10. York

    York Finance Broker Business Member

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    Bigwill means that if the NG concessions are removed then current investors who are NG will sell off their properties. Thus creating an oversupply of property. This will reduce the properties on the market for rental which would increase demand for rentals leading to an increase in rents. I think that's what he meant.

     
  11. TheSackedWiggle

    TheSackedWiggle Well-Known Member

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    Low interest rate is the major cause of current speculation, but low IR is required to boost other parts of economy which is struggling.

    The trick is to have an ability to lower IR without creating housing bubble, This can be achieved via
    #. Allowing NG on only new constructions
    #. Macro-prudential measures via LVR
    tightening
     
  12. Big Will

    Big Will Well-Known Member

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    You get deprecation on a new property at extremely high rates, I think that also helps create more housing/jobs. Where as you don't get this with an existing property unless it has been renovated (which created jobs anyway).

    Because with the negative gearing component the tax payer is assisting the tenant with the rent. If a property cost the LL another $100 a week (do not read into the figure), the LL would either need to take 4 course of actions;

    1. Increase the rent by $100 pw to keep the same spot where they are currently with NG.
    2. Increase their rent by a certain amount to help cover the increased cost (e.g. $80 pw?)
    3. Not increase the rent and just take the hit
    4. Sell off the property as it isn't financially viable.

    3, 2 & maybe 4 doesn't favour the LL.
    1, 2 & 4 do not favor the tenant.
    1, 2 doesn't favour people buying now that are renting.

    The reason why NG is still on established houses is it would either create a huge disconnect between established and new prices and it alleviates the public pressure to build public housing (after all if all investors sold up) where would people rent? If there isn't any accommodation for people crime goes up (looters, squatters).
     
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  13. York

    York Finance Broker Business Member

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    Allowing NG for new properties is also a dangerous strategy regarding supply/demand. If it is allowed only for new properties you will see a short term benefit for economy but then investors will flock to new properties to take advantage of NG and thus creating a market within a market where older properties drop in value due to oversupply and new properties go up because of demand from investors. FHB still will miss out. Then will start their complaning again because they can only afford an 'older' house and not a new one.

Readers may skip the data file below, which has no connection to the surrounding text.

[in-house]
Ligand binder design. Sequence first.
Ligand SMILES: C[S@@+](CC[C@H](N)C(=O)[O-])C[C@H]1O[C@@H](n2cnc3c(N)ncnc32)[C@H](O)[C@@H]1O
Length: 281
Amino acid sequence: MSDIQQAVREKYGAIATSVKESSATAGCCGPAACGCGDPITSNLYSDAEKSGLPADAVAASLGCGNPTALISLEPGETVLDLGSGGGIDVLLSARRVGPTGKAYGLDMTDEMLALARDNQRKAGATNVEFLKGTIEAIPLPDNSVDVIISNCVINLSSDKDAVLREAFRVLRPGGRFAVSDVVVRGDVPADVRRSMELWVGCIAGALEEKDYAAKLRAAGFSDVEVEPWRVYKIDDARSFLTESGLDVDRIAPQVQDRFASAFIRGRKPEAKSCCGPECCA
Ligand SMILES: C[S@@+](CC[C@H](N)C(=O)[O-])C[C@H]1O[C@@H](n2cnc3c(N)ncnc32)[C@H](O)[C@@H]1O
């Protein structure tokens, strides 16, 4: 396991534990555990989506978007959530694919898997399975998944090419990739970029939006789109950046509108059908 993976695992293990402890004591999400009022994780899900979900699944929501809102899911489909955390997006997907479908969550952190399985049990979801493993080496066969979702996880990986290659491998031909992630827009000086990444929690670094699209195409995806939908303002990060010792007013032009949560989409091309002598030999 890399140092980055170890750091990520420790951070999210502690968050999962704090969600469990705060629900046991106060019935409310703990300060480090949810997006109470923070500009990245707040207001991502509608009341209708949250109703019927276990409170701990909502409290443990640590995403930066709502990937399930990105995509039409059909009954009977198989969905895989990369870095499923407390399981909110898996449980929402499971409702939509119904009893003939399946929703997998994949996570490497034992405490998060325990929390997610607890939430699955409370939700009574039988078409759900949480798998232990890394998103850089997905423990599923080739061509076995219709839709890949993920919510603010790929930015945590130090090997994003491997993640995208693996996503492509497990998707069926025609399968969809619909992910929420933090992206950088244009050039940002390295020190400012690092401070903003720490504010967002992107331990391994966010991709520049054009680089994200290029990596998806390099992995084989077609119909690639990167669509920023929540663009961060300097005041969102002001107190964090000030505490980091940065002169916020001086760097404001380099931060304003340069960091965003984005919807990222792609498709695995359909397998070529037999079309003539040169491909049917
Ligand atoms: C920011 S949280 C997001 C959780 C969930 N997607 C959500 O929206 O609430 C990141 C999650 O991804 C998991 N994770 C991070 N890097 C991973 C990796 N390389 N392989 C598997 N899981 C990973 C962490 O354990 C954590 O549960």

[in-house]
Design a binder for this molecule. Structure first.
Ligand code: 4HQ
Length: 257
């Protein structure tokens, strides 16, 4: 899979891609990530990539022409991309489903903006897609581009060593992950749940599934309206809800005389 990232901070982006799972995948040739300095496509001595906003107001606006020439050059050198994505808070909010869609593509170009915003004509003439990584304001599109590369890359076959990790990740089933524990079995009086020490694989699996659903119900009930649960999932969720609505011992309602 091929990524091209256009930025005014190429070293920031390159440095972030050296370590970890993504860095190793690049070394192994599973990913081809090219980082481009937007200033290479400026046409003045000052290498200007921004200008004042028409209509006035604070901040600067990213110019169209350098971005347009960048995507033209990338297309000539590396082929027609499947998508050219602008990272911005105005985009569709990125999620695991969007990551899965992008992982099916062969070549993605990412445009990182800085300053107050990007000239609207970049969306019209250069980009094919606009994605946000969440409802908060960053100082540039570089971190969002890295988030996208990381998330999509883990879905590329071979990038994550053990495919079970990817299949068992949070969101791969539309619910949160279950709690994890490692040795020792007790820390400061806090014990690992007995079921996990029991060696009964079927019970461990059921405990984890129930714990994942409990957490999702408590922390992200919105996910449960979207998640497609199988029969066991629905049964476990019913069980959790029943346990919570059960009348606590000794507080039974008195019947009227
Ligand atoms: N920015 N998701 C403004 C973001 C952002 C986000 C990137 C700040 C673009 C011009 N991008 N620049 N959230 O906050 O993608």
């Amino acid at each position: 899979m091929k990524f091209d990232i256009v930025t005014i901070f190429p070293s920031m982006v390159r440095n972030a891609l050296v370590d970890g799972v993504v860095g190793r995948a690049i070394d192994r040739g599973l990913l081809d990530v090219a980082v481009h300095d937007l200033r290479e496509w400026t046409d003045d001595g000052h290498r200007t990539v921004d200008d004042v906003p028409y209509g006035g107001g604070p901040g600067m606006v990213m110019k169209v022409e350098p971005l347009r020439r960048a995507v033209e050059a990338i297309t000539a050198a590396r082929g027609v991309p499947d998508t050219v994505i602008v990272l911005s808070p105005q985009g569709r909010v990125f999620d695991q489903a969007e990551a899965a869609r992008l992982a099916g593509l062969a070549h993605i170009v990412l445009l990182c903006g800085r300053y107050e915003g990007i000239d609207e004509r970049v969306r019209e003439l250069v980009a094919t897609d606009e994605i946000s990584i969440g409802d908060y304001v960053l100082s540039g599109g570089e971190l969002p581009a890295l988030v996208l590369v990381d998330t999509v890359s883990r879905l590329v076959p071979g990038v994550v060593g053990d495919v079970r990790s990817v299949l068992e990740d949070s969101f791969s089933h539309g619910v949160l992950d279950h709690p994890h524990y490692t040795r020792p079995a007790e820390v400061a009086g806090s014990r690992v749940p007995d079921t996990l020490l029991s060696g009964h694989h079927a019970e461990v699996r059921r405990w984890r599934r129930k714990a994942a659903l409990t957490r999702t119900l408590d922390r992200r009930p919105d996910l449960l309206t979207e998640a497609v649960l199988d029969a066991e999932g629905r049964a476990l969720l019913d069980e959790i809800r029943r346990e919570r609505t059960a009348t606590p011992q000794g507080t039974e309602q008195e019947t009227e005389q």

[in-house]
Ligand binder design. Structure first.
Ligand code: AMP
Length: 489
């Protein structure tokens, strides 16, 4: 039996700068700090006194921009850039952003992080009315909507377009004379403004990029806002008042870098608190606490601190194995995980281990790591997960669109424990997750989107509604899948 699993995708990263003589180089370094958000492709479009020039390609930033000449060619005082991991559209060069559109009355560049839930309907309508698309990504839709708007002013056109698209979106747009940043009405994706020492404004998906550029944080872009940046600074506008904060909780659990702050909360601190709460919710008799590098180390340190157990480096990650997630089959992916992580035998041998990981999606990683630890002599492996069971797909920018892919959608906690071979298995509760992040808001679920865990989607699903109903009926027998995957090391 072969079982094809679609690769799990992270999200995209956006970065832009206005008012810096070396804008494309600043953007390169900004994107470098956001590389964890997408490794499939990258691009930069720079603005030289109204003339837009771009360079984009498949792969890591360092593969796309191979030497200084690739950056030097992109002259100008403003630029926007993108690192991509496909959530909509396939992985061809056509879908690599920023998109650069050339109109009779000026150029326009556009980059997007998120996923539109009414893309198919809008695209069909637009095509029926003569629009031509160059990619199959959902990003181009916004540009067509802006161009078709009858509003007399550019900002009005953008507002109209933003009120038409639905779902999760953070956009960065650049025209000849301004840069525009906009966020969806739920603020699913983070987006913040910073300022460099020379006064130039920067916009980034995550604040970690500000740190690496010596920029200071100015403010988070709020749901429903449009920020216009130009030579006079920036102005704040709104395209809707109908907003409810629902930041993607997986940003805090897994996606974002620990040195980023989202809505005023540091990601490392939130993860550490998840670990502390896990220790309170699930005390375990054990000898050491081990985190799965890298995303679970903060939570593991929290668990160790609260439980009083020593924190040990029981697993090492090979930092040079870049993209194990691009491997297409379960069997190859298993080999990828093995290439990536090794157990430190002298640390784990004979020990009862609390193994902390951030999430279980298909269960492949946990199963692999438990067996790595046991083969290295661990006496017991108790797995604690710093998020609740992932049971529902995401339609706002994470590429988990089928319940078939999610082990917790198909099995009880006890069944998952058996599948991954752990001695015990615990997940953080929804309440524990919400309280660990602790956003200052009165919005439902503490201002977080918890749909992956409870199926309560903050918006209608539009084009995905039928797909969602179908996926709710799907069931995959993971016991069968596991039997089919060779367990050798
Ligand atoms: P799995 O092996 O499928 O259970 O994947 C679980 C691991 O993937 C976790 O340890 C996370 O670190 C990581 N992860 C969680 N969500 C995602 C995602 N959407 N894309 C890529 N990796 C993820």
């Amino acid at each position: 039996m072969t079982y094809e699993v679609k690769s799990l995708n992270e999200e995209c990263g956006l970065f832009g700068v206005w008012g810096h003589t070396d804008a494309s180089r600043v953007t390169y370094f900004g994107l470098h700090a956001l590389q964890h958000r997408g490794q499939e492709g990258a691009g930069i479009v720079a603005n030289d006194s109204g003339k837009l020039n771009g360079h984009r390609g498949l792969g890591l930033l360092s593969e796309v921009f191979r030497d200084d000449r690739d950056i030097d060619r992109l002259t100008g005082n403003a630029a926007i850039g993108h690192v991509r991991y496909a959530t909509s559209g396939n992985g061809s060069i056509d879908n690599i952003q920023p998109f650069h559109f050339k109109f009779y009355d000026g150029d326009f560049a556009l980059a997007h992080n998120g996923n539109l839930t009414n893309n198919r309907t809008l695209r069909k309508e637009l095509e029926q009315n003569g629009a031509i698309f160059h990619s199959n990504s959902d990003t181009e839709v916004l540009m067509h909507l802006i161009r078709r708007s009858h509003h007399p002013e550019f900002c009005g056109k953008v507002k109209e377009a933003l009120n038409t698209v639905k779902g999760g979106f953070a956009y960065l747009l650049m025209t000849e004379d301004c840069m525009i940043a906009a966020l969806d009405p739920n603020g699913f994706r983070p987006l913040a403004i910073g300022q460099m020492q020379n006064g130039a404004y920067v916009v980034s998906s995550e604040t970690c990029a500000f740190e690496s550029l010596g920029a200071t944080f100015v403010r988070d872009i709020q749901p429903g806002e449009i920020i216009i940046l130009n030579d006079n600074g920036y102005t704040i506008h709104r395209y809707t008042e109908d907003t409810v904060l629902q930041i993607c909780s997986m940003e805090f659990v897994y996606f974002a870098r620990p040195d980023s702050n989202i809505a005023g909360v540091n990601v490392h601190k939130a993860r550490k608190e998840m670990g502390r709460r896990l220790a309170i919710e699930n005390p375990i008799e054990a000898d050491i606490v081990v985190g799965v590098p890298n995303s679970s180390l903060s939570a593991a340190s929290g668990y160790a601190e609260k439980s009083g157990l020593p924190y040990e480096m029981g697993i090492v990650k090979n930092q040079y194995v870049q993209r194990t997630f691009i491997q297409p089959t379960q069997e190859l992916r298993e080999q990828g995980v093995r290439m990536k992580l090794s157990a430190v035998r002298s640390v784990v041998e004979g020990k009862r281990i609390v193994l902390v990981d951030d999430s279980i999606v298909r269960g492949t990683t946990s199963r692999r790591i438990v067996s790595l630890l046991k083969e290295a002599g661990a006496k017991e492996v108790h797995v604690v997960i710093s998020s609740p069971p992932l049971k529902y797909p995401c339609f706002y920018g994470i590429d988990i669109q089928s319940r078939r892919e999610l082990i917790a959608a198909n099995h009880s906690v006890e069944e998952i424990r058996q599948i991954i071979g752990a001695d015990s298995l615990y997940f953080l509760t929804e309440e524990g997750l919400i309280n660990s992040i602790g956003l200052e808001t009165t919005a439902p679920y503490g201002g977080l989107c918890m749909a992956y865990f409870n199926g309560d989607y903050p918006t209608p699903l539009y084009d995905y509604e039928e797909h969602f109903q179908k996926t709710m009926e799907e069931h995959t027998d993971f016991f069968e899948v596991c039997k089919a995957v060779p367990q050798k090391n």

14. TheSackedWiggle

    TheSackedWiggle Well-Known Member

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    I am assuming you are not saying all investors in australia will kick their renter out and list their property for sale at the same time :)

    When an investor sells an IP its still remains in market either used by owner occupier or by another IP investor so net result remains same.
     
  15. TheSackedWiggle

    TheSackedWiggle Well-Known Member

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    Rental market is decided by only one thing 'demand and supply',
    if there is more demand rent goes up if there is more supply rent does down Simple.


    At any given point in time a landlord will want to extract the maximum rent and a renter would like to give minimum rent. Rental market is not a function of someones charity.
     
  16. 2FAST4U

    2FAST4U Well-Known Member

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    That's true but supply and demand changes when conditions change. If negative gearing was removed I know I'd be increasing my rents by $20 a week and explaining to the tenants that with the removal of negative gearing the current rents aren't viable. I imagine a lot of other landlords would be having similiar discussions. It's the same with interest rate rises. As in business at the end of the day it's the customer (in this case the tenant) that has to pay the increased costs.
     
  17. TheSackedWiggle

    TheSackedWiggle Well-Known Member

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    If one could raise rents they would, one would not wait for NG or something else to change. Again.. in a capitalist society market decides rent not anyones desire.
     
  18. TheSackedWiggle

    TheSackedWiggle Well-Known Member

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    With cheap money, loose credit policy and taxpayer funded NG entitlements, An average punters buying capacity is boosted exponentially thus creating the distortion in market by two punters outbidding each other by their inflated buying capacity.
     
  19. Pistonbroke

    Pistonbroke Well-Known Member

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    This presupposes that investors invest only for the tax benefits not long term capital gains or future market positions or on spec for rezoning etc.

    Not everyone who buys seeks to lose money and couldn't afford to keep it if the rates increased or if ng was to be removed.

    The hypothesis that prices of inner-ring property would fall as it was older stock is wishful thinking. Upgrades to these properties would still be depreciable.

    The posturing for the removal or limitation of ng needs to consider the mechanics not just the headline.
     
  20. York

    York Finance Broker Business Member

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    Great reply. You made some excellent points. Thanks Piston.